Balanced Scorecard and Manufacturing Companies
The balanced scorecard method (BSC for short), which we introduced in the previous article, is a tool for measuring performance efficiency of a company while focusing on its strategic direction. This strategy prioritizes economic indicators which are monitored and evaluated as you go along and any found derogations are minimized.
The main topic of this article is the use of BSC in manufacturing companies. To create and start using the BSC it is necessary to bring this strategy into already well-established activities of the company. Firstly, it is important that the managers of the company, where this tool for performance efficiency assessment is about to be used, know the answers to the following questions:
- What goals are key for the company and its strategy?
- Which indicators should be used?
- How to plan realization of set goals and evaluate feedbacks?
- Who will be responsible for possible derogations?
BSC views a production company from several viewpoints and from each the focus is placed on different problems concerning the company’s functioning. In the last article, we mentioned that these are: internal business processes, finances and finance indicators, customers, and education and growth. It is in the company’s interest to judge and evaluate problems in such way that every decision is made in compliance with other goals the company has. If the introduction of the BSC method is successful, it allows us to look at the company on the whole and systematically at the same time thanks to all the different perspectives.
Let us list a few examples of some measurable quantities in a manufacturing company. These indicators are generally called Key Performance Indicators (KPIs for short). To begin with let us look at the indicator of usage of material. With every material that is used in a company there is a given standard amount which is needed for one piece of product. We monitor how much or less of the material is actually used and ascertain a possible quantitative derogation. We are also interested in how the purchaser prices of the material change compared to the norm for a unit of material determined in advance. This difference is the quantitative derogation which helps us ascertain the so-called aggregate efficiency – exceeding or saving of direct material costs. Similarly, we can monitor for example waste material, product error percentage discovered during batch release testing, and other values.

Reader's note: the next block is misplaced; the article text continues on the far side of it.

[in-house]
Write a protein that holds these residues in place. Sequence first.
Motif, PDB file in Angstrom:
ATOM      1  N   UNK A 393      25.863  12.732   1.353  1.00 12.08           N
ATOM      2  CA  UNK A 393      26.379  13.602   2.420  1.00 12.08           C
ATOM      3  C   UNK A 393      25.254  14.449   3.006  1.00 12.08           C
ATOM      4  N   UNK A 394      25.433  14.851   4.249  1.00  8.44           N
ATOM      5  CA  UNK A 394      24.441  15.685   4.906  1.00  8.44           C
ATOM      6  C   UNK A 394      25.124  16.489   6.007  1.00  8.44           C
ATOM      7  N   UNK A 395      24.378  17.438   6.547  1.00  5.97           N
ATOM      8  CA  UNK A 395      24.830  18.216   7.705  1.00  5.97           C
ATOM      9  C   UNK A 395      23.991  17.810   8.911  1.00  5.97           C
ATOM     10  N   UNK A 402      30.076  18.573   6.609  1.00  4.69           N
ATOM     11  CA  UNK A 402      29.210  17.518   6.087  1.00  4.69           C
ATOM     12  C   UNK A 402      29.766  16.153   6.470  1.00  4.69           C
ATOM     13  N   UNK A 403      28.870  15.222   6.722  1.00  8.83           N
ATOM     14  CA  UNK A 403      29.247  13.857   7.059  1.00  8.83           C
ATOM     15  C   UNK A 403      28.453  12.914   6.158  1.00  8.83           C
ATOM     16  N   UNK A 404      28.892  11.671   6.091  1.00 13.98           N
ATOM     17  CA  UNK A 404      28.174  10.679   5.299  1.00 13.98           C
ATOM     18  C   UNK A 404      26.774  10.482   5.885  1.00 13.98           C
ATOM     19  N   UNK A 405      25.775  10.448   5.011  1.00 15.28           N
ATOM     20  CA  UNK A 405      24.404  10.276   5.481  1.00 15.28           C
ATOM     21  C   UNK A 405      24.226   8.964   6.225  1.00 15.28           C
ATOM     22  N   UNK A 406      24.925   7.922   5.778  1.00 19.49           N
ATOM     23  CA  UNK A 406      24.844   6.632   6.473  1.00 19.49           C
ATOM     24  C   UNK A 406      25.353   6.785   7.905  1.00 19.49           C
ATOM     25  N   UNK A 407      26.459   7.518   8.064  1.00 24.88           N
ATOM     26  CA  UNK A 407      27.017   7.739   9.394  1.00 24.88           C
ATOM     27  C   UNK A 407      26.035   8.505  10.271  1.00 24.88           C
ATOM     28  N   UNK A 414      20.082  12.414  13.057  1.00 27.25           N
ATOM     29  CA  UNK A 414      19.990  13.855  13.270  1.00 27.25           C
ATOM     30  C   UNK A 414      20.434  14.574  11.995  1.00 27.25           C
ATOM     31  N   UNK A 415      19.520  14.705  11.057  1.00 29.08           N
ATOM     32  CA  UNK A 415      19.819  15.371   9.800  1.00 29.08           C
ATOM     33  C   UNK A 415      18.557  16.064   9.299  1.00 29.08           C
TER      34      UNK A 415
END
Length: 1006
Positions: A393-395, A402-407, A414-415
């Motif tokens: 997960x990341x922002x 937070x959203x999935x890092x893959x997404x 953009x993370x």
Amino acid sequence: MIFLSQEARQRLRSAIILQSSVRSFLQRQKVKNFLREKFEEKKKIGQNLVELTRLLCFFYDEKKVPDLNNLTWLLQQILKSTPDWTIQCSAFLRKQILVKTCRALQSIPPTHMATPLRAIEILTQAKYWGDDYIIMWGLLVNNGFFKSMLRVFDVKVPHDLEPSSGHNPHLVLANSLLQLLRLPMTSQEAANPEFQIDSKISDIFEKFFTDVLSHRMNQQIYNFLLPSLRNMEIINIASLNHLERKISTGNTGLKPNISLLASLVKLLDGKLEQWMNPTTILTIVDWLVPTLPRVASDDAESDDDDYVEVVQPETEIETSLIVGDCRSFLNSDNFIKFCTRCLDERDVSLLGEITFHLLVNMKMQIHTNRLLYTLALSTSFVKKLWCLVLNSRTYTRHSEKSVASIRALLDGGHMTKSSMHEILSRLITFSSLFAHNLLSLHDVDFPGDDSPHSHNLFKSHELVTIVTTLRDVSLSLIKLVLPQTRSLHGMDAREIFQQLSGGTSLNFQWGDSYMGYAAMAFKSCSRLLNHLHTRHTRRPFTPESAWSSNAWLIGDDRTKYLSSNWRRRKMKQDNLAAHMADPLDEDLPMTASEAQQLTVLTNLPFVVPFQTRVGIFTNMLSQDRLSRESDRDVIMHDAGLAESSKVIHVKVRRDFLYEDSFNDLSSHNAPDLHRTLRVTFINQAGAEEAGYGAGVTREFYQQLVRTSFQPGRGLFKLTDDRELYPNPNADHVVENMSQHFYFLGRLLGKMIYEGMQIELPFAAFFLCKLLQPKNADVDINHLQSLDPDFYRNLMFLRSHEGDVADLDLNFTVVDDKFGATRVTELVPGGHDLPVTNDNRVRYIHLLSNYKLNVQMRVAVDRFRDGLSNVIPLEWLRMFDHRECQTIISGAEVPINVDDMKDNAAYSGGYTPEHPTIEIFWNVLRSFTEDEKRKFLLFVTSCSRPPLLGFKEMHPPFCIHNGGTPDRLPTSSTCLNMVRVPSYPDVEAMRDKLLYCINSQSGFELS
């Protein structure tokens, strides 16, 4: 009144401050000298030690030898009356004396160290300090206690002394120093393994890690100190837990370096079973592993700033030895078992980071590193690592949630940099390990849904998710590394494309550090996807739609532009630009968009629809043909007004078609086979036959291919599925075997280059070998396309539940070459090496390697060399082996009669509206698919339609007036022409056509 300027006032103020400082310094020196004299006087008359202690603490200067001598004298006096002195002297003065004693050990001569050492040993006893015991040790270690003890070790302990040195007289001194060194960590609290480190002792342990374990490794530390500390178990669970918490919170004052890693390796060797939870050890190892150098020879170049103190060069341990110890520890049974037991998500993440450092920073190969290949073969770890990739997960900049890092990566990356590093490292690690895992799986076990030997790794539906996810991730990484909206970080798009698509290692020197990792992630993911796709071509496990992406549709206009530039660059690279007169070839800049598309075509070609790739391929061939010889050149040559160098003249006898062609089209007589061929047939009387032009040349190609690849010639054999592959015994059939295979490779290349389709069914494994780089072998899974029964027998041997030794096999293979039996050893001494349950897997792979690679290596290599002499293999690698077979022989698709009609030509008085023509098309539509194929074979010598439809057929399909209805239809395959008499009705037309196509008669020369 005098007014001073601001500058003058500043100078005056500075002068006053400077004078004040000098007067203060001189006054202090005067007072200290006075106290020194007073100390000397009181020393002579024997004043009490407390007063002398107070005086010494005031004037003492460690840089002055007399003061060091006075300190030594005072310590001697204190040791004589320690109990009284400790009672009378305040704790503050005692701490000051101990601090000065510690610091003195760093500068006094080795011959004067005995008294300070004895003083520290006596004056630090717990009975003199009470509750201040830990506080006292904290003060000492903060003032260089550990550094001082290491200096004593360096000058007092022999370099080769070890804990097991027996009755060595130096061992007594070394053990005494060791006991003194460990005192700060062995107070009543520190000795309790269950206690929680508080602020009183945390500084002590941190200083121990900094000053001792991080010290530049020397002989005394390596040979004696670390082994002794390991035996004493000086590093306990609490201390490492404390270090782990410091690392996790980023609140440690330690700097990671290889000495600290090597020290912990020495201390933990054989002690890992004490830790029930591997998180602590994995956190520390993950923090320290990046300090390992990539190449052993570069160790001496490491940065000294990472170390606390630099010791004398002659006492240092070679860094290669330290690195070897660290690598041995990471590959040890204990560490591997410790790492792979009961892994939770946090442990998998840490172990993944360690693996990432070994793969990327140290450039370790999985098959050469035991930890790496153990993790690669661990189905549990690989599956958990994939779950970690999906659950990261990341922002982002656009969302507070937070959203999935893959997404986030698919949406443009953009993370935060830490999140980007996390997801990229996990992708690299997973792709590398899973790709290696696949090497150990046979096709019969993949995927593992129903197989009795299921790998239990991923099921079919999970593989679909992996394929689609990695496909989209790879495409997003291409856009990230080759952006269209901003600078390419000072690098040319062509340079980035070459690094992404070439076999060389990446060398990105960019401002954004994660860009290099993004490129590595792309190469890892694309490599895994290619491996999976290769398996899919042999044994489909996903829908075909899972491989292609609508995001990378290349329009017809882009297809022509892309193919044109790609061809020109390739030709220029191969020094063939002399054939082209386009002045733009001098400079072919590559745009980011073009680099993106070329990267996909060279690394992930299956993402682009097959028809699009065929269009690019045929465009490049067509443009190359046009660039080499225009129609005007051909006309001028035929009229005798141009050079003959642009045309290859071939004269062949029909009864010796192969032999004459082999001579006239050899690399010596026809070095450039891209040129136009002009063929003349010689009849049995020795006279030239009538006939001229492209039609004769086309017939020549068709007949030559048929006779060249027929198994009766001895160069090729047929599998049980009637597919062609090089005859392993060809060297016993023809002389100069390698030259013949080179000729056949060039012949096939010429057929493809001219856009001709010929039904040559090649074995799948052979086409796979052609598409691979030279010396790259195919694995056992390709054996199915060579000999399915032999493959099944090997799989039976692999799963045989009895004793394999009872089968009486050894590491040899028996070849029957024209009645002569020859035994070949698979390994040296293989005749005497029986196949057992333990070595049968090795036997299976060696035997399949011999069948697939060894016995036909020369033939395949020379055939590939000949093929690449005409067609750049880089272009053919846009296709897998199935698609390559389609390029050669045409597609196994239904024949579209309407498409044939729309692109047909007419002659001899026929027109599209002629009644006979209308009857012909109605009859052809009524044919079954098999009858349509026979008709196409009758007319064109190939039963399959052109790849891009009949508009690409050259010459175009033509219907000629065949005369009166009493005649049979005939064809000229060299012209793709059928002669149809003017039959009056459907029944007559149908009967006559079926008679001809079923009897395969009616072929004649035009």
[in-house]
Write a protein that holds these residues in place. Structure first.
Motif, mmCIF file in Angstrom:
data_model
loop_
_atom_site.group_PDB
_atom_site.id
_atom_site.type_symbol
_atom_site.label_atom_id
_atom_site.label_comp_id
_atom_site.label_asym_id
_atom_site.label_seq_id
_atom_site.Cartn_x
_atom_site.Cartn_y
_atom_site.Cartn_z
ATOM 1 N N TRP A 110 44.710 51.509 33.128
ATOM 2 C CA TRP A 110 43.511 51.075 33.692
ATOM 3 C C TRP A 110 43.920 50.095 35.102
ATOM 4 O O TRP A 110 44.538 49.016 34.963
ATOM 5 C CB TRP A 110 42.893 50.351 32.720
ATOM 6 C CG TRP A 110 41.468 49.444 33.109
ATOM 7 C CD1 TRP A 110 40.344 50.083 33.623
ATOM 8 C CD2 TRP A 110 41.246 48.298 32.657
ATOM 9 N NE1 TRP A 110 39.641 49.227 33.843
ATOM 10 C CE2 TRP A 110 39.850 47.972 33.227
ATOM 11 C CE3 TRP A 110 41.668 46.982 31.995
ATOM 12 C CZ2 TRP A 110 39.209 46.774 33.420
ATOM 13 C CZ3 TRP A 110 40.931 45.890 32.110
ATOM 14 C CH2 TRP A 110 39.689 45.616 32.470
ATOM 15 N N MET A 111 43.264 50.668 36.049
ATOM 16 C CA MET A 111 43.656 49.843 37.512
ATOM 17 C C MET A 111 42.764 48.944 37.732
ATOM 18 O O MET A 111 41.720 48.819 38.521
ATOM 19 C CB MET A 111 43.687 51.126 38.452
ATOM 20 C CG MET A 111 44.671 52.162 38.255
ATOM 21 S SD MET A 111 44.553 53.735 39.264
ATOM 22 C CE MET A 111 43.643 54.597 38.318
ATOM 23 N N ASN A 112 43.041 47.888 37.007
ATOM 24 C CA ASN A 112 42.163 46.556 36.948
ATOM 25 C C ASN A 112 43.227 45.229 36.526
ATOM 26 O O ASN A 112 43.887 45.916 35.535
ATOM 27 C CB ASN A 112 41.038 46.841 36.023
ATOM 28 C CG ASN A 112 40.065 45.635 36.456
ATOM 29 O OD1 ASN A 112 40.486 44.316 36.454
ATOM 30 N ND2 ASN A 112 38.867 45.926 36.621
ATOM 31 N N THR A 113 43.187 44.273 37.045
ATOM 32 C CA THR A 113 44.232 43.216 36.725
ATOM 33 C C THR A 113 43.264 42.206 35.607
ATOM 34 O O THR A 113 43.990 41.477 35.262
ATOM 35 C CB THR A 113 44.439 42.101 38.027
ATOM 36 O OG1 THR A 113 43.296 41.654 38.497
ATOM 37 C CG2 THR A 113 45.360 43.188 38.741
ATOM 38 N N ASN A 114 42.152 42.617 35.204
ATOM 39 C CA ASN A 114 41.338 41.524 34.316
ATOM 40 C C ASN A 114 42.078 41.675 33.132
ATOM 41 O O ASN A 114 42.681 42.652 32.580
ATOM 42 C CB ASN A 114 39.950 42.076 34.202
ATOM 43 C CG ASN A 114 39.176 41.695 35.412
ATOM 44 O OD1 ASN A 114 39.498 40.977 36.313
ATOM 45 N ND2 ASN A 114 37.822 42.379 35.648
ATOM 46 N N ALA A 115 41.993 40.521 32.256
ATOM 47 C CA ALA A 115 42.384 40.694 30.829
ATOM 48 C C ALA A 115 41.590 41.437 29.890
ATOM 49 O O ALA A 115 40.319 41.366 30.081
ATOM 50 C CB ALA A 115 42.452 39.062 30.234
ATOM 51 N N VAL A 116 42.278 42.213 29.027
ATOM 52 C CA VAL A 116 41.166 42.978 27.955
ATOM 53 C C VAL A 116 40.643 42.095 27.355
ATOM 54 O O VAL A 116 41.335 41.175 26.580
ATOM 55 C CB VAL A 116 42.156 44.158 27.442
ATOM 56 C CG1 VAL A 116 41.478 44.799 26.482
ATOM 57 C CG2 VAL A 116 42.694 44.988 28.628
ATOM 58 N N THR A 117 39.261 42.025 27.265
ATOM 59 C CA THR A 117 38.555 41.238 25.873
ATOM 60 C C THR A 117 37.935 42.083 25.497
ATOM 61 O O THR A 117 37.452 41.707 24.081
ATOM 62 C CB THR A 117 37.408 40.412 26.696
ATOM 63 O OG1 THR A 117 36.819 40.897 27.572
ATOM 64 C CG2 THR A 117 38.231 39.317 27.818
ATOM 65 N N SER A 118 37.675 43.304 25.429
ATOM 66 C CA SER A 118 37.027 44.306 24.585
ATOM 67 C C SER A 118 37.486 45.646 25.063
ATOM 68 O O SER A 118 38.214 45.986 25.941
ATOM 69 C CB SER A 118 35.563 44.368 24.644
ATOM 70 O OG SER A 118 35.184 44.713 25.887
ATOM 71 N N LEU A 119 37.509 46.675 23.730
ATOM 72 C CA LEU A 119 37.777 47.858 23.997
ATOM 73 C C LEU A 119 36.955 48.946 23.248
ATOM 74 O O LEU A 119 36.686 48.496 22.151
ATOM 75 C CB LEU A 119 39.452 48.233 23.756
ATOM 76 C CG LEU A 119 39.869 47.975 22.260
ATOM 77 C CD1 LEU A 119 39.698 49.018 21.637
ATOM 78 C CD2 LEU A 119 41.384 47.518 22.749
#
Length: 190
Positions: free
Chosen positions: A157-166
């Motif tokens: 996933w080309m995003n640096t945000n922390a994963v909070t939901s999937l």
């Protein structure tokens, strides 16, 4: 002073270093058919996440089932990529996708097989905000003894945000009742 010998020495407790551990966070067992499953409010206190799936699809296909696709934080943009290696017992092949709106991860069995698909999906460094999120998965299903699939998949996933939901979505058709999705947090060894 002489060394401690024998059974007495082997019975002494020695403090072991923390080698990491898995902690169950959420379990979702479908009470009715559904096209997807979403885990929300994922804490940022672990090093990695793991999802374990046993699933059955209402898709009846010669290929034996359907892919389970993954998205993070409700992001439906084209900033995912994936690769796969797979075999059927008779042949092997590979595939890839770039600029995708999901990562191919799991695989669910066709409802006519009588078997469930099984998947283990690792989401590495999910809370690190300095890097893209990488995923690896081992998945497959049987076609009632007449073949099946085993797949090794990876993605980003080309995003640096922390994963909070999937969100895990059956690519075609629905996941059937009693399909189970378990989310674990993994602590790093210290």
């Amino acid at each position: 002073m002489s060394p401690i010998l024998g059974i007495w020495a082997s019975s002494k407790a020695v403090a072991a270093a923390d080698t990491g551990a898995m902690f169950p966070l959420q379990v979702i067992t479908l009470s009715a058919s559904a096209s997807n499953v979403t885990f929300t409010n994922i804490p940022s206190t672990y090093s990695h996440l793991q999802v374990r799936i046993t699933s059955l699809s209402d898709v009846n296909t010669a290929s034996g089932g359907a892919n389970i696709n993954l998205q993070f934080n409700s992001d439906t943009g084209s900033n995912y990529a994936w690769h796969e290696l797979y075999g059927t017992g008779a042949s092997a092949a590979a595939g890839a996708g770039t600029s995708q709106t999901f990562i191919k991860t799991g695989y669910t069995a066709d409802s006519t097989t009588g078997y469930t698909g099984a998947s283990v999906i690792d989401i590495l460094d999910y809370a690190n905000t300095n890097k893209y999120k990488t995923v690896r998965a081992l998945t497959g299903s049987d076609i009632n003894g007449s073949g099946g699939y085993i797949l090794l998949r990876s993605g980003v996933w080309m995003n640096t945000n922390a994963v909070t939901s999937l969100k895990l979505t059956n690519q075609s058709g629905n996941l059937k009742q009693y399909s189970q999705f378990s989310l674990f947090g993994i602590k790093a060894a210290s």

Other KPIs are for example finance indicators, which stem from easily measurable economic values. These tell us whether the company’s strategy leads to the predetermined goals and whether there is any noticeable improvement. Some of the most important finance indicators are rate of return (profitability) indicators: Return On Assets, Return On Capital Employed, Return On Equity); and also Earnings Before Interest and Tax indicator or its modifications, Economic Value Added indicators, or indicators of sales and sales growth.
It is also useful to monitor the time for supply turnover. This shows us the average amount of days the supply spends in the company until they are used or sold. This is closely connected to the periodicity of deliveries of products and material and the standard optimal size of one delivery. The supply turnover period should be in most cases as short as possible because this means that the material doesn’t spend too much time in the warehouse unnecessarily, it is immediately used for production and the company is not binding financial means unnecessarily and can use them somewhere else.
What is just as important is the approach the company has to individual customers and how they support sales. The number of sold products is monitored together with the average price of a purchase etc.; but also how satisfied customers are, how often they come back to purchase more or how successful getting new customers is.
The education and growth indicator is directed more inside of the company, on individual employees. Even in manufacturing companies it is important to conduct continuous education of employees and to pass on experience. In these companies, it may be knowledge about working with new materials, instruments, and devices, or the effort to innovate. But it is also about communication between the manufacturing department and sales and purchasing.
We hope that our articles shed some light on the BSC method and its possible usage for company direction. In the next article, we will focus on the previously mentioned SWOT analysis which evaluates strengths and weaknesses of a company and opportunities or risks in its environs.
Author: Martina Švecová
Autor: Klára Honzíková